Reviewed by Margaret Moser, Fri., Aug. 24, 2007
Spot BarnettVictory Grill, Aug. 19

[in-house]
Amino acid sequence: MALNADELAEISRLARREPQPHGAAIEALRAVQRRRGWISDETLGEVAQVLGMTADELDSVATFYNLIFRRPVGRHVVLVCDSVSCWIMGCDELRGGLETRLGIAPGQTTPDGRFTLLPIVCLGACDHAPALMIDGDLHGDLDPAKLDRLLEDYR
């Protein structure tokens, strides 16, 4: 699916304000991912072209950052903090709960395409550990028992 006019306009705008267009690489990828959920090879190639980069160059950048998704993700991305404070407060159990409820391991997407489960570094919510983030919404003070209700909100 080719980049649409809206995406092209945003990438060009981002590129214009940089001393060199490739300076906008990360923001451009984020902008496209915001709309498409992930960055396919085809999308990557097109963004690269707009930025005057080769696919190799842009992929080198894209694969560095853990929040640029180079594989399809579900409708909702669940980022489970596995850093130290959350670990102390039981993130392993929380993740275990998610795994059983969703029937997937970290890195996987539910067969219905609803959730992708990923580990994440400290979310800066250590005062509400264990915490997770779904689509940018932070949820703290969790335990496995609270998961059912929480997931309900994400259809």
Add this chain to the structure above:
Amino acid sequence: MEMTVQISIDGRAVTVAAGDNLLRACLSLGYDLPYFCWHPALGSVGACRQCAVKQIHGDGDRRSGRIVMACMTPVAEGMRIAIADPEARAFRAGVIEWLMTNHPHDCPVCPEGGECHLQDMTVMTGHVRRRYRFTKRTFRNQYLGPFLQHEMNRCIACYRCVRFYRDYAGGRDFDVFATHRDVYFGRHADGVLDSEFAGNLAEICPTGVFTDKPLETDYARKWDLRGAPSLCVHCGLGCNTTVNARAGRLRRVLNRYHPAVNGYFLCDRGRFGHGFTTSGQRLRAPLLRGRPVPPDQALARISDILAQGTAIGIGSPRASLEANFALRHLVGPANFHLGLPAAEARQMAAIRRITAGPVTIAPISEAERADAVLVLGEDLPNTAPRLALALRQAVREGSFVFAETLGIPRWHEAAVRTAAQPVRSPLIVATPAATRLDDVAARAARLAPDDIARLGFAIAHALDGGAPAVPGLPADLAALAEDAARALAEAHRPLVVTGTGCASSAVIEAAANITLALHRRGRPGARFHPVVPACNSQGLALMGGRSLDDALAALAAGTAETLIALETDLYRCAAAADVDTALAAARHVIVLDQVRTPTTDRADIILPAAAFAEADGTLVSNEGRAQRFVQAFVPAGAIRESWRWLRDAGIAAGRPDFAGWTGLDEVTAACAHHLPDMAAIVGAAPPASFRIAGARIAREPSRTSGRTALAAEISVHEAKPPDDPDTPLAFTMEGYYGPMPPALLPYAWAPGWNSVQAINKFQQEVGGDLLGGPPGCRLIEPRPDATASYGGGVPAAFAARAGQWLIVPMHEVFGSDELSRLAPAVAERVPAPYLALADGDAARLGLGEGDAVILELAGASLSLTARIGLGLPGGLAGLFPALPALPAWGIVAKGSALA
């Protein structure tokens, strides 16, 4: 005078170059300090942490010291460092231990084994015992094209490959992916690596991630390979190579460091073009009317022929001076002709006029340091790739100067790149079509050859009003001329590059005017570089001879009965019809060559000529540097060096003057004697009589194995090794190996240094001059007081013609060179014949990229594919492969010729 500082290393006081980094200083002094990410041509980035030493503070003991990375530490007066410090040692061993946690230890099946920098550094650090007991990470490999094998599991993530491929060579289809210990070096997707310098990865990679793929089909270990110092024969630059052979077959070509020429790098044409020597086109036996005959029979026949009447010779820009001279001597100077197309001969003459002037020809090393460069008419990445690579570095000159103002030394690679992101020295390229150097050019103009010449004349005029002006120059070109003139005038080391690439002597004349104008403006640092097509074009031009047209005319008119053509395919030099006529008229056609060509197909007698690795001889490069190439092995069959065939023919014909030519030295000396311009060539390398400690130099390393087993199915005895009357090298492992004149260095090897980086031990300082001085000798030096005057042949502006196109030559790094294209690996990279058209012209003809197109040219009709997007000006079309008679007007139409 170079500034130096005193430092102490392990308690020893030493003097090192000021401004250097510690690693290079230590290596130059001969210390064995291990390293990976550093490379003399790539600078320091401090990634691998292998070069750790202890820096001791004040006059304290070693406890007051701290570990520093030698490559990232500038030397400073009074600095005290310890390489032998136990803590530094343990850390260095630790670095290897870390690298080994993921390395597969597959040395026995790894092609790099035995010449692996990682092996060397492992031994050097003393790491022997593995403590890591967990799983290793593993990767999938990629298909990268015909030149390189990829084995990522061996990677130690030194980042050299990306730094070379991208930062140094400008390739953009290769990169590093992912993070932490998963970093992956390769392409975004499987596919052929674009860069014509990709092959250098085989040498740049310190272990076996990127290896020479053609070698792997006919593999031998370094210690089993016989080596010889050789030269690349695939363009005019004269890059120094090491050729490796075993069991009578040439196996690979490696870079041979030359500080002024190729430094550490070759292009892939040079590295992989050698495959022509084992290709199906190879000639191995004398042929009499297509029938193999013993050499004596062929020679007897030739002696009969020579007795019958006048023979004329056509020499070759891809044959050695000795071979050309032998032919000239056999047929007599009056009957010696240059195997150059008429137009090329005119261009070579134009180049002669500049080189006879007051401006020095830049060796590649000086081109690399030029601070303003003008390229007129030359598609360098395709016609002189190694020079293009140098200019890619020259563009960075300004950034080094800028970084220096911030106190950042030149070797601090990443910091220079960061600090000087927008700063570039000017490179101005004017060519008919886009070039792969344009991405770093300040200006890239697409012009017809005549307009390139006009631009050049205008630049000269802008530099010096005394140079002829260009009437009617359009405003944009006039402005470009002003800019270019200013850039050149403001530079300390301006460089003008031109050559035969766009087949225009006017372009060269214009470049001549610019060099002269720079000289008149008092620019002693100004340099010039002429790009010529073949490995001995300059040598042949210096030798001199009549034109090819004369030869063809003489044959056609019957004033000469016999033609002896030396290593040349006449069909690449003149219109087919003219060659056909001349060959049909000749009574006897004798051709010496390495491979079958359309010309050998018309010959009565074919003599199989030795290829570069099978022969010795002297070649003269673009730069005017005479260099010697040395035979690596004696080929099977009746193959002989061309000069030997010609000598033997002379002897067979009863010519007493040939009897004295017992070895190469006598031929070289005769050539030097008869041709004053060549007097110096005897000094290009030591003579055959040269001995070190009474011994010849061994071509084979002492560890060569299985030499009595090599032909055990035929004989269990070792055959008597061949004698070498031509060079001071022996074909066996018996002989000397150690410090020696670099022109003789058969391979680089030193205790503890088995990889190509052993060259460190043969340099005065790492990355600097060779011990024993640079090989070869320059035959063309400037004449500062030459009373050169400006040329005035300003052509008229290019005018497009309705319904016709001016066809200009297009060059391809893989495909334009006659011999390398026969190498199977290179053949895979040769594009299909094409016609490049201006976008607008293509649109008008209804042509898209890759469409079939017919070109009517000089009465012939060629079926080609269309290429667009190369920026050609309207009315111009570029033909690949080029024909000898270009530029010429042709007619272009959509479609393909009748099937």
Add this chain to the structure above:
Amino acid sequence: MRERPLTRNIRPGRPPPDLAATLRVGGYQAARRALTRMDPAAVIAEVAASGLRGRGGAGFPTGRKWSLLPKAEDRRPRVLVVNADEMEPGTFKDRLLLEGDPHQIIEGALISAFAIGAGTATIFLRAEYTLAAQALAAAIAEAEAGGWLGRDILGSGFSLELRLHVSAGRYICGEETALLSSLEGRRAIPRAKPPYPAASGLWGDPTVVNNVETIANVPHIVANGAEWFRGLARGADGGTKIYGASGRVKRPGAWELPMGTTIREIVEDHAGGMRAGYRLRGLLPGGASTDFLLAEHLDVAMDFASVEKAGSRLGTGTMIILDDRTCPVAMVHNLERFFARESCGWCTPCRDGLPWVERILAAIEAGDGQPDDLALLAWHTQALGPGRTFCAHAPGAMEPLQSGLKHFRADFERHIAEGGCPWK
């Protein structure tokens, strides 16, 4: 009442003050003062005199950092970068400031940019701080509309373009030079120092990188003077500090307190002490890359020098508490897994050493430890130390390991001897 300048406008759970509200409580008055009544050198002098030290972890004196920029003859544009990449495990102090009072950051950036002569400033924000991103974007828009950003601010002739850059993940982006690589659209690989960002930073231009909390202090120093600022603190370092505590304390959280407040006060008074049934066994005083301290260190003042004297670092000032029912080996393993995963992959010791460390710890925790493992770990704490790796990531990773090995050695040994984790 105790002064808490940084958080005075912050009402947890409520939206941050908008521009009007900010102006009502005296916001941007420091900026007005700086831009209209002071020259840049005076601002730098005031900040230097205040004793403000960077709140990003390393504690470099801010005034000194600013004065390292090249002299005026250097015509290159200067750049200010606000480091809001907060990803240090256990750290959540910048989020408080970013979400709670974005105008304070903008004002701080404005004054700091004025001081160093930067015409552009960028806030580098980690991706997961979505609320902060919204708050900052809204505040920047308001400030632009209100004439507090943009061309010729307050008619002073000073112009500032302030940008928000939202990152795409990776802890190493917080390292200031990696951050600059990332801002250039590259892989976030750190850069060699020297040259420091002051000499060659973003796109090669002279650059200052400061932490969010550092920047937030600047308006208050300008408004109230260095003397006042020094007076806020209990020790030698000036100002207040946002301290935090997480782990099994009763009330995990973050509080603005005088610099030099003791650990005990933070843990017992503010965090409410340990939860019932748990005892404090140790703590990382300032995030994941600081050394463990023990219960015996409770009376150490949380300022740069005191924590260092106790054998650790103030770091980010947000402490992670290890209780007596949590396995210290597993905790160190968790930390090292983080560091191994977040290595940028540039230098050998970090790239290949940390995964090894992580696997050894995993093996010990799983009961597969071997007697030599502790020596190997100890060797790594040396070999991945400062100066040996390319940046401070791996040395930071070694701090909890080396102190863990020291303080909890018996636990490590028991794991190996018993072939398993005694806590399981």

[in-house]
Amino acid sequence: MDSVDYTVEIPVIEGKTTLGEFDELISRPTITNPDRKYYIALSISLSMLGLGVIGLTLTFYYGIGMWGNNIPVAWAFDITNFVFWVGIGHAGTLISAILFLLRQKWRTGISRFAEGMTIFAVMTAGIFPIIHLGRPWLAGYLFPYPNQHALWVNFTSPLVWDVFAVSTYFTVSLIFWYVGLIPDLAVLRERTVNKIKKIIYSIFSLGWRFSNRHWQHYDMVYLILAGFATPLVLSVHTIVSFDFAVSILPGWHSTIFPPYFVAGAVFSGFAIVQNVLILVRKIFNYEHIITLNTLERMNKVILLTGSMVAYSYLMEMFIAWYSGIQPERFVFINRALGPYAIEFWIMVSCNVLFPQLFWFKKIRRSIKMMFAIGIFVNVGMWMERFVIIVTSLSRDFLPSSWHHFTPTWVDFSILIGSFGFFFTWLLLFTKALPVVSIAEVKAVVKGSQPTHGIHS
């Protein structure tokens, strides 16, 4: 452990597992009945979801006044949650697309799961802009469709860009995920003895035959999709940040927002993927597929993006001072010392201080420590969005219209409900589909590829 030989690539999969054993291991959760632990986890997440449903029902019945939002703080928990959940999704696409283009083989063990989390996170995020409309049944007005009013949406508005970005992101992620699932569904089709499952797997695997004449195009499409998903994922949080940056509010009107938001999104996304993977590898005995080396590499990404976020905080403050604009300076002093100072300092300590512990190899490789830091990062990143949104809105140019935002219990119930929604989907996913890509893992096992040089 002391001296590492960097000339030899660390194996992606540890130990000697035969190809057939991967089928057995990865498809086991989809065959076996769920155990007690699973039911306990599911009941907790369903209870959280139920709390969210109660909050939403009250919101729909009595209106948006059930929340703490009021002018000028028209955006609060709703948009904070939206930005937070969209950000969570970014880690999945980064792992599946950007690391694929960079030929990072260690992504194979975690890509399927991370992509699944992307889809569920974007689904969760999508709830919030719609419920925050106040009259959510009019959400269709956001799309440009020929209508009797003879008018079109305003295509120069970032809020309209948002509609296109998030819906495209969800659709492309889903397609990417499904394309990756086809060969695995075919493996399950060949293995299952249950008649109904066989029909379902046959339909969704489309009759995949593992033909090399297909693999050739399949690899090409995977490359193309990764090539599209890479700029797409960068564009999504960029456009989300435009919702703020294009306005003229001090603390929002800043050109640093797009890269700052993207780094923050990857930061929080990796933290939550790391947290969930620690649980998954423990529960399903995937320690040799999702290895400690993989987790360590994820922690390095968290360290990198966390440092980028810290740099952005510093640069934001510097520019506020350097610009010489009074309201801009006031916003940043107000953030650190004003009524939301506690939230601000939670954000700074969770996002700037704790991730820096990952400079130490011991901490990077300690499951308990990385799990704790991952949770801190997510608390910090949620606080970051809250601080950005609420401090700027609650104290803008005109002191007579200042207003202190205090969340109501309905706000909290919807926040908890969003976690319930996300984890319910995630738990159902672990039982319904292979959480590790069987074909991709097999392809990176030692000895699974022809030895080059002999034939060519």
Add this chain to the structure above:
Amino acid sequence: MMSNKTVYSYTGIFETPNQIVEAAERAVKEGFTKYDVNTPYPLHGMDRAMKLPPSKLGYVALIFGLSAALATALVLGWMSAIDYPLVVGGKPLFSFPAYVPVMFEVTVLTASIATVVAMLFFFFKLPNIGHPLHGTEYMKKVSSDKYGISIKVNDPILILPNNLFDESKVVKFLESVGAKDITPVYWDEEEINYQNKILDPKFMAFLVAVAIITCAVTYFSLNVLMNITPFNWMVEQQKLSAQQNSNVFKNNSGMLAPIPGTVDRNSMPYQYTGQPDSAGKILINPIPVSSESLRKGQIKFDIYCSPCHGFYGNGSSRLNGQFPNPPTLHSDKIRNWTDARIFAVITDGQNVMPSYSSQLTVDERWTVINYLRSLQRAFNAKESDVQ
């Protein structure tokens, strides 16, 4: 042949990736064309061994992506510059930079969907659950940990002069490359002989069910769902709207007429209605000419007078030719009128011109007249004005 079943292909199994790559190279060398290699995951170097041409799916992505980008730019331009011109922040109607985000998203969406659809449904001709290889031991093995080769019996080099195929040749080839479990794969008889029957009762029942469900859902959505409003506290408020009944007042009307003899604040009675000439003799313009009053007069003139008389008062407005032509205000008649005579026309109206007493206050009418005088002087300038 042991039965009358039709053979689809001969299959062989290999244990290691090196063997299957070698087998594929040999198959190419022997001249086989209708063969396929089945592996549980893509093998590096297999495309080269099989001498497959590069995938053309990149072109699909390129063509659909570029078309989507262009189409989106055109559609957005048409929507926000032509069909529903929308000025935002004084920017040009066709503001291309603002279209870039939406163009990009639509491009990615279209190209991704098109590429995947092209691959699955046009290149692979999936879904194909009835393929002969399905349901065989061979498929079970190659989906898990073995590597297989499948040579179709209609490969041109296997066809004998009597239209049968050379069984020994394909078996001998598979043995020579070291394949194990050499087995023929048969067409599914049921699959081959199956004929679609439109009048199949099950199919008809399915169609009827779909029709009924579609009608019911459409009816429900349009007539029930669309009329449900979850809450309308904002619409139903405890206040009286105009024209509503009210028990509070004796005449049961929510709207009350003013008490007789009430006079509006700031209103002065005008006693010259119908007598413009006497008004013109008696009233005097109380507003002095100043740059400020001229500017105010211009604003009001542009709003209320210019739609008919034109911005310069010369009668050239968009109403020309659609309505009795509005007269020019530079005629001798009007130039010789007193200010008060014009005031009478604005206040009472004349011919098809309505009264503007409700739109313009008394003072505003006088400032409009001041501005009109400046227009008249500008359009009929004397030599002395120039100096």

Good thing the Victory Grill was packed the first two evenings of its three-night 62nd birthday celebration, because Spot Barnett's Sunday night set felt like a requiem for the past. Vernon "Spot" Barnett is the 71-year-old San Antonio tenor sax man who led the Revue behind Ike and Tina Turner, shared the stage with Ray Charles and James Brown, and worked with Bobby "Blue" Bland on the Chitlin' Circuit. Barnett is also one of the precious few links between San Antonio's vibrant Mexican musicians and white players like Doug Sahm and Augie Meyers. Facing a room virtually empty except for three media photographers and a handful of fans, the handsome, sharp-dressed Barnett shuffled across the riser, placed his cane on the floor, sat before the microphone, and greeted the audience. "I am Spot Barnett; welcome to the Victory Grill. This is where it began. I learned to play the blues here." He picked up his sax, its brassy finish shining copper under the red stage lights, and pulled a long, funky blues groove from it. More than ably backed by his longtime bandmates, including guitarist Francis Tolbert and bassist Elmo Durst, he played a string of sublime numbers such as King Curtis' "Soul Serenade," Percy Mayfield's "Please Send Me Someone to Love," and "Every Day I Have the Blues," which made the Victory Grill's Eva Lindsey recall with joy how her daddy taught her to dance to that song. Yet the show ended early as the nonpress audience left after the first set. Austin has a new Blues Society, and one of its aims should be to make sure shows like this don't play to empty houses. Backstage, Barnett autographed posters. Unfazed by the lack of attendance, he just shrugged. "I'm gonna play until my wheels roll off."